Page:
Insert tired fucking cliché about books and covers [HERE]. Well worn bromides of questionable veracity aside, a good cover and an innovative package in the hands of a clever designer can actually enhance the album experience. While album art and packaging are meant to convey quickly what a record’s about (“Hey, this has Ed Repka zombies on the cover; it must be the new Taylor Swift album,” said nobody ever), the designs can actually take music and elevate it by providing another entryway into the art. A good visual and a design that invites close study and an extra minute of thought can even elevate albums that were otherwise forgettable failures.
Here are five albums that stepped up the game on the visual side.
The Inalienable Dreamless
The Inalienable Dreamless looks like no other album before or since. Jon Chang’s meticulous design ensured that Discordance Axis’ final album would stand out from all of their peers and competitors (even if it did get grindcore’s defining moment mistakenly exiled to the DVD section of many retailers). Most obviously, The Inalienable Dreamless came packaged in a DVD case, which gave a wider, more cinematic aspect ratio to the wrap around horizon and seascape the band chose for the art. If most album art was in a TV aspect, Discordance Axis had jumped to wide screen. The colors and imagery gave no hint to The Inalienable Dreamless’ content and the illegible logo, tiny script for the album title and lack of even song titles and a bar code on the packaging ensured the album would be an enticing mystery for those brave enough to peek inside. And inside, fans would find a larger than usual booklet that was laid out to look like a journal, just one more personal touch that made The Inalienable Dreamless the endlessly fascinating musical landmark it remains today.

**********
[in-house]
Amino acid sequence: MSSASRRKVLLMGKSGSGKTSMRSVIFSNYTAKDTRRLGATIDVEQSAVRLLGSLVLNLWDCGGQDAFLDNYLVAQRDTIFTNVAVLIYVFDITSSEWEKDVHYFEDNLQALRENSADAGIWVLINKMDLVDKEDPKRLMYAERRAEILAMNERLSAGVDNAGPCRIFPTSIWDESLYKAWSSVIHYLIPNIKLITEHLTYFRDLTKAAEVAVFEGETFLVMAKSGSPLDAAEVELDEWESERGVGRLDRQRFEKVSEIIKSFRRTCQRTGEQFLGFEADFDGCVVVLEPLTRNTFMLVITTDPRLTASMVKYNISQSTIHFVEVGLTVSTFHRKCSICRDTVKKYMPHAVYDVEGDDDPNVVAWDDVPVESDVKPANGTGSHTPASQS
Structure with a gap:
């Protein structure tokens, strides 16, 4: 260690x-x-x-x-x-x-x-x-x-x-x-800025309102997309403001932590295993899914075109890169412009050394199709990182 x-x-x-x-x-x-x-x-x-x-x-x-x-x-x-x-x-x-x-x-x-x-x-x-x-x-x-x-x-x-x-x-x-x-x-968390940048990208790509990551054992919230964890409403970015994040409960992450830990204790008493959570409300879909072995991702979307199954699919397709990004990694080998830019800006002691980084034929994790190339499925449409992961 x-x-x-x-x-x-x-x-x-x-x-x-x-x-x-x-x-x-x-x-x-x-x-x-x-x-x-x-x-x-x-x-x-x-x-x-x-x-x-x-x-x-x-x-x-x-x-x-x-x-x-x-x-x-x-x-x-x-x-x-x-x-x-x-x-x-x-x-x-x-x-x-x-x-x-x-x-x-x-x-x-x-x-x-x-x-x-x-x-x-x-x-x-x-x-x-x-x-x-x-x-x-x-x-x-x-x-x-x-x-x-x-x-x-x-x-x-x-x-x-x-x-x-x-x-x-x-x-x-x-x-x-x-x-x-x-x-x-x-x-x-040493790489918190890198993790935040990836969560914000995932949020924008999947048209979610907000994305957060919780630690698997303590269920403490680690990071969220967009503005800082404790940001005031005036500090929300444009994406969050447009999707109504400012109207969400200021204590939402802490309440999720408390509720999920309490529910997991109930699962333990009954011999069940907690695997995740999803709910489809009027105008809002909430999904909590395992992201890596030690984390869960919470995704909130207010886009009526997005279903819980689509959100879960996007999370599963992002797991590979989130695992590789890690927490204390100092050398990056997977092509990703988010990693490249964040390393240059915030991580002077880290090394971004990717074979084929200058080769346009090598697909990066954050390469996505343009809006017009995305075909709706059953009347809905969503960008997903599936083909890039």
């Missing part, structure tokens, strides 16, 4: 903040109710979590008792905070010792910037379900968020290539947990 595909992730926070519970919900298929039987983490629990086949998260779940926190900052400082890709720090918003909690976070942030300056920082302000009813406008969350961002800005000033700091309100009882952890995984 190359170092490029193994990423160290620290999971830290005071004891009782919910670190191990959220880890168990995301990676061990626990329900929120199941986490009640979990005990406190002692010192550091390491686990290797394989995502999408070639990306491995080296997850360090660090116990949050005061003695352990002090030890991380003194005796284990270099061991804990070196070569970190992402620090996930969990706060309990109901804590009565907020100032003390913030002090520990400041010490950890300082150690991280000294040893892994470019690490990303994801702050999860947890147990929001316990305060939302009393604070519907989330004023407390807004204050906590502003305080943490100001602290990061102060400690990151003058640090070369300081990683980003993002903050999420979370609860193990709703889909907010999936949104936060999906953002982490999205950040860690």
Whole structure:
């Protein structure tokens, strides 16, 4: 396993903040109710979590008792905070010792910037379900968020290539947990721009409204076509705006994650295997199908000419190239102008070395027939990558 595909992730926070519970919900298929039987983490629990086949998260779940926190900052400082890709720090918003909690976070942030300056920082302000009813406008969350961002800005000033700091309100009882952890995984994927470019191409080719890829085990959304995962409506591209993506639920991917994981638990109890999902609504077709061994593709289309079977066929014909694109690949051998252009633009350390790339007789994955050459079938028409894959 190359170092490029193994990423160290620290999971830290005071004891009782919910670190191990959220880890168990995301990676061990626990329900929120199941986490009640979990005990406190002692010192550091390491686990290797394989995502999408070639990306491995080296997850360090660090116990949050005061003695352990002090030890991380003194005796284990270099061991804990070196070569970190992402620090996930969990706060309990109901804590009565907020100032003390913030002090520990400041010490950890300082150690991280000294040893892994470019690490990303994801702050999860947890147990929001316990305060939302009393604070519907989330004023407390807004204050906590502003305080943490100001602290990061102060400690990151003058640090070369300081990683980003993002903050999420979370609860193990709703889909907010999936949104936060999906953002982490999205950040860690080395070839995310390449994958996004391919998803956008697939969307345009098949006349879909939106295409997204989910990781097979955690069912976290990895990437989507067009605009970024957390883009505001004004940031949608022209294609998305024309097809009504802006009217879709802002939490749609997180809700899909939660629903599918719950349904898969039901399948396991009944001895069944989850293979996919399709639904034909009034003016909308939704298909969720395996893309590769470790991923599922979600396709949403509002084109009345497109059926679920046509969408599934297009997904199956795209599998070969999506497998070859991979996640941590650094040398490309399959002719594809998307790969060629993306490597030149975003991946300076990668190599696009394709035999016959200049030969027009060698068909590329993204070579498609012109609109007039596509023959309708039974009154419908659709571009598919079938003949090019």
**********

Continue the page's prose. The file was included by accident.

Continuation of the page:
The Contaminated Void
Coldworker’s music vacillates between inoffensively forgettable to insultingly unlistenable. But the one thing Anders Jakobsson’s post-Nasum project got perfect was the art for debut album The Contaminated Void. Relapse’s resident visual maestro Orion Landau crafted a clever booklet for the album that includes clear cellophane overlays that alter the art a page at the time, concealing and revealing the Breugellian horror behind, framing and then exposing the hellish slasher film revelry. Coldworker never deviated much from the well worn themes of death, decay, betrayal and misery and even then weren’t album to elevate their material beyond the legions of similarly minded metallers, but the booklet art is enough to keep you coming back periodically to experience The Contaminated Void against the backdrop of such a striking package. Relapse has to be applauded for cracking open its wallet for such a visually inventive presentation. It’s just a shame it wasn’t in service of a better album.
Creation is Crucifixion
Child as Audience